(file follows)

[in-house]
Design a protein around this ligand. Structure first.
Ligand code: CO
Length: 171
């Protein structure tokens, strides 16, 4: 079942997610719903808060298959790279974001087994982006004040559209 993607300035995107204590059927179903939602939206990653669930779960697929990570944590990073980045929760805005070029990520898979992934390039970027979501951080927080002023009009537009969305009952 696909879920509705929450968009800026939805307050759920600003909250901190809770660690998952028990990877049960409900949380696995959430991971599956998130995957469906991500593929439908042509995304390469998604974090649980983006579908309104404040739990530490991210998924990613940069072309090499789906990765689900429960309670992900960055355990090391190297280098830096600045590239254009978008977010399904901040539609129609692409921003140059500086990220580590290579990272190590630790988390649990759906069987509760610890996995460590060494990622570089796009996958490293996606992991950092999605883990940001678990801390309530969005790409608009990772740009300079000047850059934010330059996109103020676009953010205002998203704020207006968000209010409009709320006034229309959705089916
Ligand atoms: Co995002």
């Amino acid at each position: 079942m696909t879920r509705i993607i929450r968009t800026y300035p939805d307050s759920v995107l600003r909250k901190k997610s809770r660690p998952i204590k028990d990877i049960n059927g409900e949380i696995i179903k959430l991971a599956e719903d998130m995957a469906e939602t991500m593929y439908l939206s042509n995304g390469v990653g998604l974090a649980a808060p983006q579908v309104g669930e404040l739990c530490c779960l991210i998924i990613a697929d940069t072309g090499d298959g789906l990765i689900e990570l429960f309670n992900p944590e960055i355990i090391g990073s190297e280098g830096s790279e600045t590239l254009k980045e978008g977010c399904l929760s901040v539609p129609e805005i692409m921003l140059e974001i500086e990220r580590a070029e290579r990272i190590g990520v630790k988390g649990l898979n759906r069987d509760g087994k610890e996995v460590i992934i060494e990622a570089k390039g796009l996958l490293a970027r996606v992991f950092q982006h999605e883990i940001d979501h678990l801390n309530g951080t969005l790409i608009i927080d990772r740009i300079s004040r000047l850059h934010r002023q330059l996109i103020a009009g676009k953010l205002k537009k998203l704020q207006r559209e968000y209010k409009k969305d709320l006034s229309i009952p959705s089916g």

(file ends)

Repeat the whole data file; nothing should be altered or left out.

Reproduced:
[in-house]
Design a protein around this ligand. Structure first.
Ligand code: CO
Length: 171
């Protein structure tokens, strides 16, 4: 079942997610719903808060298959790279974001087994982006004040559209 993607300035995107204590059927179903939602939206990653669930779960697929990570944590990073980045929760805005070029990520898979992934390039970027979501951080927080002023009009537009969305009952 696909879920509705929450968009800026939805307050759920600003909250901190809770660690998952028990990877049960409900949380696995959430991971599956998130995957469906991500593929439908042509995304390469998604974090649980983006579908309104404040739990530490991210998924990613940069072309090499789906990765689900429960309670992900960055355990090391190297280098830096600045590239254009978008977010399904901040539609129609692409921003140059500086990220580590290579990272190590630790988390649990759906069987509760610890996995460590060494990622570089796009996958490293996606992991950092999605883990940001678990801390309530969005790409608009990772740009300079000047850059934010330059996109103020676009953010205002998203704020207006968000209010409009709320006034229309959705089916
Ligand atoms: Co995002």
């Amino acid at each position: 079942m696909t879920r509705i993607i929450r968009t800026y300035p939805d307050s759920v995107l600003r909250k901190k997610s809770r660690p998952i204590k028990d990877i049960n059927g409900e949380i696995i179903k959430l991971a599956e719903d998130m995957a469906e939602t991500m593929y439908l939206s042509n995304g390469v990653g998604l974090a649980a808060p983006q579908v309104g669930e404040l739990c530490c779960l991210i998924i990613a697929d940069t072309g090499d298959g789906l990765i689900e990570l429960f309670n992900p944590e960055i355990i090391g990073s190297e280098g830096s790279e600045t590239l254009k980045e978008g977010c399904l929760s901040v539609p129609e805005i692409m921003l140059e974001i500086e990220r580590a070029e290579r990272i190590g990520v630790k988390g649990l898979n759906r069987d509760g087994k610890e996995v460590i992934i060494e990622a570089k390039g796009l996958l490293a970027r996606v992991f950092q982006h999605e883990i940001d979501h678990l801390n309530g951080t969005l790409i608009i927080d990772r740009i300079s004040r000047l850059h934010r002023q330059l996109i103020a009009g676009k953010l205002k537009k998203l704020q207006r559209e968000y209010k409009k969305d709320l006034s229309i009952p959705s089916g």